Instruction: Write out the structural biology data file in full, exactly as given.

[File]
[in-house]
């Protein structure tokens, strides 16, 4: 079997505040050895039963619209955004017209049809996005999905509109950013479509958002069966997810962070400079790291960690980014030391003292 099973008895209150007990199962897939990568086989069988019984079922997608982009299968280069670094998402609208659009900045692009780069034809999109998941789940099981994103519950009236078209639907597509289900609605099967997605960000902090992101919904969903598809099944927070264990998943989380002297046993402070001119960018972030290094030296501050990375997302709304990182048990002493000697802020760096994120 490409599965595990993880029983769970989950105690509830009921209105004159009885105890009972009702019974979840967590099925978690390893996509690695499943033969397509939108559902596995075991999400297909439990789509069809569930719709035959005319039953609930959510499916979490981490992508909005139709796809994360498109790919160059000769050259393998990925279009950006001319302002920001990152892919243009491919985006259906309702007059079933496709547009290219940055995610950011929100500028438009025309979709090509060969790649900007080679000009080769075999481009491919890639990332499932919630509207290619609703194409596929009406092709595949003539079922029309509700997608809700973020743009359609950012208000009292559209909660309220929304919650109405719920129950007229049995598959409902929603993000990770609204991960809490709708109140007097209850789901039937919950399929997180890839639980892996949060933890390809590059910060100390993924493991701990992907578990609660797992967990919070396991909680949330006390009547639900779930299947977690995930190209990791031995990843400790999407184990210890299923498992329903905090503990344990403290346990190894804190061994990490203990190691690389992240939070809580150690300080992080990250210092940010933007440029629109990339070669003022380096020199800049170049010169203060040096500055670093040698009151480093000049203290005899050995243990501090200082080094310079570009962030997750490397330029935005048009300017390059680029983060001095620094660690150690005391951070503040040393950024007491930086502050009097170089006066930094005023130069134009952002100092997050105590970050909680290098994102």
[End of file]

[in-house]
């Protein structure tokens, strides 16, 4: 079997505040050895039963619209955004017209049809996005999905509109950013479509958002069966997810962070400079790291960690980014030391003292 099973008895209150007990199962897939990568086989069988019984079922997608982009299968280069670094998402609208659009900045692009780069034809999109998941789940099981994103519950009236078209639907597509289900609605099967997605960000902090992101919904969903598809099944927070264990998943989380002297046993402070001119960018972030290094030296501050990375997302709304990182048990002493000697802020760096994120 490409599965595990993880029983769970989950105690509830009921209105004159009885105890009972009702019974979840967590099925978690390893996509690695499943033969397509939108559902596995075991999400297909439990789509069809569930719709035959005319039953609930959510499916979490981490992508909005139709796809994360498109790919160059000769050259393998990925279009950006001319302002920001990152892919243009491919985006259906309702007059079933496709547009290219940055995610950011929100500028438009025309979709090509060969790649900007080679000009080769075999481009491919890639990332499932919630509207290619609703194409596929009406092709595949003539079922029309509700997608809700973020743009359609950012208000009292559209909660309220929304919650109405719920129950007229049995598959409902929603993000990770609204991960809490709708109140007097209850789901039937919950399929997180890839639980892996949060933890390809590059910060100390993924493991701990992907578990609660797992967990919070396991909680949330006390009547639900779930299947977690995930190209990791031995990843400790999407184990210890299923498992329903905090503990344990403290346990190894804190061994990490203990190691690389992240939070809580150690300080992080990250210092940010933007440029629109990339070669003022380096020199800049170049010169203060040096500055670093040698009151480093000049203290005899050995243990501090200082080094310079570009962030997750490397330029935005048009300017390059680029983060001095620094660690150690005391951070503040040393950024007491930086502050009097170089006066930094005023130069134009952002100092997050105590970050909680290098994102």